EECE-4029 Operating Systems Fall 2016
Lab 3

processes, mutex, semaphores, memory management, producer-consumer, files, deadlock, more..

Kernel module: multiple threads accessing single variable

Due: Sep 16 (submit instructions: here)

Rationale:
    Multiple threads improves overall performance by allowing tasks to be run simultaneously and cooperate with each other. However, care must be taken not allow one thread to interfere with the actions of another.
 
Lab:
Write a kernel module that creates and executes two kernel threads that associate with the same function which will be named incrementer. Function incrementer is responsible for incrementing the values of the elements of a global array which will be called arr. The size of arr is 1000000 and each element of arr is of type int. Both threads are used simultaneously to increment each element of arr through incrementer. It is required that when the incrementing operation is completed, every element has been incremented exactly by one and each incrementer has incremented at least 50000 elements. Complete this lab in two steps:
  1. Do not worry about synchronizing the two threads but make sure they run simultaneously, not sequentially (that is, first one, then the other). In init_module create two threads like this:
       int id1 = 1, id2 = 2;
       t1 = kthread_create(incrementer, (void*)id1, "inc1");
       t2 = kthread_create(incrementer, (void*)id2, "inc2");
       if (t1 && t2) {
          printk(KERN_INFO "Starting..\n");
          wake_up_process(t1);
          wake_up_process(t2);
       } else {
          printk(KERN_EMERG "Error\n");
       }
    
    Function incrementer should contain a loop that increments a global index variable, say idx, and increments arr[idx] and idx. In order to ensure that each thread will have the opportunity to call incrementer add a call to schedule to the loop. Thus, something like this:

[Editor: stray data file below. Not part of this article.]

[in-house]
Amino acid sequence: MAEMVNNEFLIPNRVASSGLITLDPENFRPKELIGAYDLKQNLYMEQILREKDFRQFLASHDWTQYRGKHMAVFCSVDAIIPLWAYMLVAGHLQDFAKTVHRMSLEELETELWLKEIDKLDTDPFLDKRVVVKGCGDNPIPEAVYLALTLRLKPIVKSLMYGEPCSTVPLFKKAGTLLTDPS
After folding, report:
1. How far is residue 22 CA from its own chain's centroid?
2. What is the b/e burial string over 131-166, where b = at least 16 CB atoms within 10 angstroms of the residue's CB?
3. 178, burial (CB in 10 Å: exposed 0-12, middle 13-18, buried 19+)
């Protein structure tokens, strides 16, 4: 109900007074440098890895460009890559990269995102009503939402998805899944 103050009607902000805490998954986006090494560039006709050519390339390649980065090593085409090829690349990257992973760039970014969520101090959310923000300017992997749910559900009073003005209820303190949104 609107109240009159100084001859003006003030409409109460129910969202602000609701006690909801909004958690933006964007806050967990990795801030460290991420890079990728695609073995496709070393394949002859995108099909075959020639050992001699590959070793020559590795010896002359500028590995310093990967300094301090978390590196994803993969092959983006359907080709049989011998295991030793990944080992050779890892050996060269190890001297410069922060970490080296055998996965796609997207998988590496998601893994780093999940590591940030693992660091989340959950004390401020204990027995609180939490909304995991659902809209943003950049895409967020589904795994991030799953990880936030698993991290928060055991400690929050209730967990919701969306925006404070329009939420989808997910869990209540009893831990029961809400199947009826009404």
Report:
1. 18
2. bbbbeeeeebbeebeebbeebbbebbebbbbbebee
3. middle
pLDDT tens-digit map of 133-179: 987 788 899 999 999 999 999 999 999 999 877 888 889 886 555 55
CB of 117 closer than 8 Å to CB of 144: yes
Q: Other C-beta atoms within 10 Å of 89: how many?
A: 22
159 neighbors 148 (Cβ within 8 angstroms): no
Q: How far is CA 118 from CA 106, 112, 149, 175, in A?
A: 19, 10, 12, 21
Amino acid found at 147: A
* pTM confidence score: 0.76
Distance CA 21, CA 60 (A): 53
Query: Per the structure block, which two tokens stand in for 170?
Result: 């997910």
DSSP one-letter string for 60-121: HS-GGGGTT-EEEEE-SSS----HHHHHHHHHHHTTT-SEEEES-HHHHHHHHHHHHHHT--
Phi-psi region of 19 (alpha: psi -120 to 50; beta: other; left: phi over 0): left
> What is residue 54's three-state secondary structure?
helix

int incrementer(void *ptr) {
          printk(KERN_INFO "Consumer TID %d\n", (int)ptr);
    
          while (idx < 1000000) {
             arr[idx++] += 1;
             schedule();
          }
          return 0;
       }
    
    Variables arr and idx are, of course, defined globally like this:
       int arr[1000000];
       int idx = 0;
    
    and arr elements should be initialized to 0 in init_module. The following includes should be sufficient:
       #include <linux/module.h>
       #include <linux/kernel.h>
       #include <linux/kthread.h>
    
    To make things simple, statistics are collected when the module is unloaded: that way we are sure all the computation has been completed as required. To that end, define global array stat of size 1000000 elements of type int, all initialized to 0. In cleanup_module write a loop that adds 1 to stat[x] for each i from 0 to 999999 where arr[i] has value x. We will be interested in how many times incrementer is called (it is desired to be 1000000 times). To this end define variables cs1 and cs2 globally, initialized to 0. Add a test to the loop of incrementer: if (int)ptr is 1 then increment cs1, otherwise increment cs2. In cleanup_module print (KERN_INFO) values for stat[i] for every i where stat[i]>0 and print cs1, cs2, and cs1+cs2. What happened? Remove schedule() from the loop of incrementer. What happened? Note: ask yourself where id1 and id2 should be declared.

  2. Fix the above module so that each element is incremented exactly once. Success should be apparent from the module's output.

    There are several ways to fix the module. One is to use a semaphore to lock the statement that changes the value of arr[idx] in the loop of incrementer. Semaphores are defined in linux/semaphore.h as struct semaphore. Globally declare a variable of this type, call it lock. In init_module initialize this variable to be unlocked with sema_init(&lock, 1). To protect the line that increments elements of arr preceed it with a test that causes the thread to wait until the lock is unlocked then resumes the thread and locks lock (typically using this: !down_interruptible(&lock)), and unlocks lock when finished (using up(&lock)). There are several other ways to accomplish this synchronization and you would do well to try some others. Compare them with gettimeofday which is available through linux/time.h.

    All elements should have value 1 when the module is unloaded. But the number of times idx is incremented may be 1000001. Why is that?